BOCA RATON – For many Owls, though, the 6 p.m. season-opening kickoff against Southern Illinois won’t mark a new beginning.
Rather, it will be the continuation of a movement that started in November.
“We’re coming off a lot of momentum of Old Dominion,” defensive end Trey Hendrickson said prior to the start of fall camp. “Believe it or not, taking away their season was big for us because we feel like we owed it to ourselves.”
One week after taking SEC Title Game-bound Florida to overtime, FAU traveled to Norfolk, Va., needing a victory to match 2014’s total of three wins.
The Monarchs coveted a victory that would make them bowl eligible for the first time in program history.
FAU raced to a 24-3 first half lead only to see the Monarchs fire back in the second half, taking a fourth-quarter lead.
Blowing late leads had become almost customary for FAU in recent years, but this time the Owls fought back. Coach Charlie Partridge replaced quarterback Quez Johnson with Jason Driskel, who led the Owls on two field goal drives, the second of which provided the margin in a 33-31 FAU victory.
It may not have felt like a major accomplishment to the casual observer, but the win propelled the Owls into the offseason with more confidence than might be expected of a 3-9 team. What amounted to Thanksgiving leftovers continued to feed the Owls into the summer.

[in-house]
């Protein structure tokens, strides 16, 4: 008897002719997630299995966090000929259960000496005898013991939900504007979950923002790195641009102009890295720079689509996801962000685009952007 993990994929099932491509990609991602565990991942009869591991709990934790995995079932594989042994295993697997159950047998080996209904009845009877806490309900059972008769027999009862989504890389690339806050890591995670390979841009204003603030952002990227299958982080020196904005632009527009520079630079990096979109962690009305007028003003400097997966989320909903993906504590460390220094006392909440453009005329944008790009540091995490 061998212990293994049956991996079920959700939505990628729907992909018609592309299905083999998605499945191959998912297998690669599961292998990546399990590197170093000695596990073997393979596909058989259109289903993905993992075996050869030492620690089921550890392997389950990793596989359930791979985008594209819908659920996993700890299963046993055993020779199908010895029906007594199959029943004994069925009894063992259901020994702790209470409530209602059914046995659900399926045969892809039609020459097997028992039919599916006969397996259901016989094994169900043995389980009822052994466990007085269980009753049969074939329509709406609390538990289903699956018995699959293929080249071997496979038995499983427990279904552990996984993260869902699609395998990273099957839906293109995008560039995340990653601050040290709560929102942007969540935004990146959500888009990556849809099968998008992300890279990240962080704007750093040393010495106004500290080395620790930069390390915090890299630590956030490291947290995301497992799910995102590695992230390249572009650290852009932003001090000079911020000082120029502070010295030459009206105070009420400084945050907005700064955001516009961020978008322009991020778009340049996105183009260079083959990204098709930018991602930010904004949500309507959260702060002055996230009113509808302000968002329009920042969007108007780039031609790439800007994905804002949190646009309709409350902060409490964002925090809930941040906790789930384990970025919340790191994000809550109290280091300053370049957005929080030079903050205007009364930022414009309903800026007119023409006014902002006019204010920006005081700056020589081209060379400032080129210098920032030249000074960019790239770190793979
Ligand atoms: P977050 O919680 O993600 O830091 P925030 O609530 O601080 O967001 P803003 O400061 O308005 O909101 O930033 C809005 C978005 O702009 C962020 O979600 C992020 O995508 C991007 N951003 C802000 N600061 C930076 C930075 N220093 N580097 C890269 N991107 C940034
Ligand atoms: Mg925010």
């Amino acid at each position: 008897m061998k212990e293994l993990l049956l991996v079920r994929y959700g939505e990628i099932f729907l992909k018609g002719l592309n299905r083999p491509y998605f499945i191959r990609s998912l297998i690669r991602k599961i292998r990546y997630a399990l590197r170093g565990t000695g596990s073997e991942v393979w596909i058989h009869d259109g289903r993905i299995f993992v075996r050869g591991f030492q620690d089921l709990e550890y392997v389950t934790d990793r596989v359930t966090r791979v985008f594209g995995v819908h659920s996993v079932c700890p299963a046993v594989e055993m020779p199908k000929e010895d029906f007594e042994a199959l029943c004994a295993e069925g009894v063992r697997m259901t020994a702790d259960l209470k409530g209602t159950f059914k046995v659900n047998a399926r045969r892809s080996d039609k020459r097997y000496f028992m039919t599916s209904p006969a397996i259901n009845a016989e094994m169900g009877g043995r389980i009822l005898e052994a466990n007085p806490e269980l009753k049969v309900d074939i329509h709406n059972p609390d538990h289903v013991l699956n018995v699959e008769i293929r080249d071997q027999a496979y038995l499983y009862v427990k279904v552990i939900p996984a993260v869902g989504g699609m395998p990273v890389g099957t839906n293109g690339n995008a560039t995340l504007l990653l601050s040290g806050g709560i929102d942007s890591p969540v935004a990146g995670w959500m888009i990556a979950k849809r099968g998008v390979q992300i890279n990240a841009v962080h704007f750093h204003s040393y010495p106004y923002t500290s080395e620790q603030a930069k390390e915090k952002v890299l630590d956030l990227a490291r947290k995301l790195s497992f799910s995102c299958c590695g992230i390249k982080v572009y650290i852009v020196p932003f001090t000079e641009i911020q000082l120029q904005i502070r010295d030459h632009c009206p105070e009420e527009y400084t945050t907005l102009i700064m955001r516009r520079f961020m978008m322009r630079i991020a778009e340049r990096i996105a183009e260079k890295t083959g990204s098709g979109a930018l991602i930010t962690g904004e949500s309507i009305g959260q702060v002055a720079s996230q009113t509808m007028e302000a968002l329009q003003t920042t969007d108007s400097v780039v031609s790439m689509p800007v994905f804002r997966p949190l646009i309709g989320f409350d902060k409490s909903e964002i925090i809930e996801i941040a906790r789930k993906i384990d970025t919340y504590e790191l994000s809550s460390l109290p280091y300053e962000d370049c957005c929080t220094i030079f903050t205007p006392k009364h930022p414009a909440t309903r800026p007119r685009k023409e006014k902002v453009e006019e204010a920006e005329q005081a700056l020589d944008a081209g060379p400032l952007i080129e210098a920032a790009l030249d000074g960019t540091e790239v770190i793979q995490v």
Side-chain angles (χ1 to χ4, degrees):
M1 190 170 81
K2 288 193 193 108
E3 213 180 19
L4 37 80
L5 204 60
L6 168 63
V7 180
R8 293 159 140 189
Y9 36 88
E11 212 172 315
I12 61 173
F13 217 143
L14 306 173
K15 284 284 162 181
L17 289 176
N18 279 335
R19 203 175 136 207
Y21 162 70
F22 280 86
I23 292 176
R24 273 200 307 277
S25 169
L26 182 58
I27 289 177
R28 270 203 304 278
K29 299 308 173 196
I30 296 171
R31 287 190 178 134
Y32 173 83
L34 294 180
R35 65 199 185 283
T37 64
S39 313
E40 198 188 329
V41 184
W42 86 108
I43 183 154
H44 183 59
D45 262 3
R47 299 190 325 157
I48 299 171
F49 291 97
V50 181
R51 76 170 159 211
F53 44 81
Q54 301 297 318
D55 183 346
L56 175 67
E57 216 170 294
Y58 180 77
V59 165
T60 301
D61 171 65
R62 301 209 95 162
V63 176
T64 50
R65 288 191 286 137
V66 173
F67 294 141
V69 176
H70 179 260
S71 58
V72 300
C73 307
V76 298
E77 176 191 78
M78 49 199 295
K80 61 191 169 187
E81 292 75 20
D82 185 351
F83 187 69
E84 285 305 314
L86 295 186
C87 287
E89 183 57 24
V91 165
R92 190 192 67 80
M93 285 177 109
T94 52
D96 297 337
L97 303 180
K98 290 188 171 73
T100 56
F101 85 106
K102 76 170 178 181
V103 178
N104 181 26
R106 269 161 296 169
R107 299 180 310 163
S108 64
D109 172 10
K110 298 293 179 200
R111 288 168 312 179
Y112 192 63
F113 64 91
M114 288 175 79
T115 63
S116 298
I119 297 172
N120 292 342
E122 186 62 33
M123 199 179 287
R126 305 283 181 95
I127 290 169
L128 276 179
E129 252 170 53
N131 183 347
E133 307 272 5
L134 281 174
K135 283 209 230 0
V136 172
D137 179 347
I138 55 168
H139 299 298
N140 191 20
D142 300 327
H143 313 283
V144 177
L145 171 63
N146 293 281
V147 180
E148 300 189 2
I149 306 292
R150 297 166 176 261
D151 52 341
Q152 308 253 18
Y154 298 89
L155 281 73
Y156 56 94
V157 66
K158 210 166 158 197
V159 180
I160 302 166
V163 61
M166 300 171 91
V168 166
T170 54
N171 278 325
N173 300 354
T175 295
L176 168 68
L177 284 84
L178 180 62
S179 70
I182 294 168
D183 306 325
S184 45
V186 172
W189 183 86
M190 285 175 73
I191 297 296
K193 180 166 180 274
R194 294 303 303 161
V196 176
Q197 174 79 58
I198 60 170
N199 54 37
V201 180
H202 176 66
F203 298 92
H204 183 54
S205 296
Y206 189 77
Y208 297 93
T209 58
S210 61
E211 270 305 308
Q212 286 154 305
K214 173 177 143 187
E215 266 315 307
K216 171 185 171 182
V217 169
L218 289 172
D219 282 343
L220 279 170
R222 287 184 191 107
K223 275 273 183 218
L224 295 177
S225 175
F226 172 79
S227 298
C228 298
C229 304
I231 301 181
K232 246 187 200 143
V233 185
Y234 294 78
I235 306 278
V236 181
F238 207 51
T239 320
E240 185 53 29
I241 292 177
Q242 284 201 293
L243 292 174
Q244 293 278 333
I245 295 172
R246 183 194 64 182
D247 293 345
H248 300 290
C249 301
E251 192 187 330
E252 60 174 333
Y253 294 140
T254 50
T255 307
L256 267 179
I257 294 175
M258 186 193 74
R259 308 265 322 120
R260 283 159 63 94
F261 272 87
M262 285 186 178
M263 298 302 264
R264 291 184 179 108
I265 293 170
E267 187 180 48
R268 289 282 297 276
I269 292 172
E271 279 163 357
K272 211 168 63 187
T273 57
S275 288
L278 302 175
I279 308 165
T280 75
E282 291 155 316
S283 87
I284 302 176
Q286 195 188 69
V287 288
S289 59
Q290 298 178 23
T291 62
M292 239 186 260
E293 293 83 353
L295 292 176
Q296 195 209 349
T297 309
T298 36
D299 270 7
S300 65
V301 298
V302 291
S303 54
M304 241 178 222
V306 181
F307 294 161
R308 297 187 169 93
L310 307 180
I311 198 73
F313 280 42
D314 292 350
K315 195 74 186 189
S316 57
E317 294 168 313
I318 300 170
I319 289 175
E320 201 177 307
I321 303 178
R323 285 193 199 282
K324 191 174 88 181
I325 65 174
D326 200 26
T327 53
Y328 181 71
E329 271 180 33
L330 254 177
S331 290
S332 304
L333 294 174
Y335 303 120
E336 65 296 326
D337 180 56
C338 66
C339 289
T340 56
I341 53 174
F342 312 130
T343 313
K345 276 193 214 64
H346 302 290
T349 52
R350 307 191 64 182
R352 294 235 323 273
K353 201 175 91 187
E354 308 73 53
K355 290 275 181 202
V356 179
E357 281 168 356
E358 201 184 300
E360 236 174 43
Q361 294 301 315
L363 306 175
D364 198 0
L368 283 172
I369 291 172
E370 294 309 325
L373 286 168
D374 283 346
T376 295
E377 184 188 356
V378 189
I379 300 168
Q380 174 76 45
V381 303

“I feel like we carried that into camp,” center Roman Fernandez said. “We had a great camp, we just need to finish – take the momentum from camp into the season. We can go far if we do.”
Late failures have plagued the Owls since Charlie Partridge became the head coach prior to the 2014 season.
The Owls pretty much gave away a sure victory to Wyoming early in 2014, setting the tone for two years worth of games that make followers of FAU football cringe.
Tulsa scored with 3 seconds remaining in regulation to send last year’s opener into overtime, where the Golden Hurricane ultimately finished off the Owls.
Against Rice four games later, FAU surrendered two touchdowns in the final 8 minutes to turn a 26-13 lead into a 27-26 loss.
The victory over Old Dominion bucked that trend. To build on the success FAU experienced late in that ODU victory, FAU devoted much of the offseason to developing a mental approach that will help them perform better late in games.
“I definitely feel like we can win tight games and I definitely feel like this carried over from last year,” tackle Dillon DeBoer said. “I’m just excited for this first game.”
Teammates share DeBoer’s excitement. Coaches, while also ready to get back on the field, caution against overconfidence, especially against a team like the Salukis, who, despite playing on the FCS level, still pose some concerns.
If last year is any indication, Southern Illinois can move the football. The Salukis’ averaged 498.1 yards per game last season, fifth best in the FCS subdivision.
Like the Owls, the Salukis also used fall camp to settle a quarterback battle – choosing Josh Straughan, a transfer from Division II Stillman College.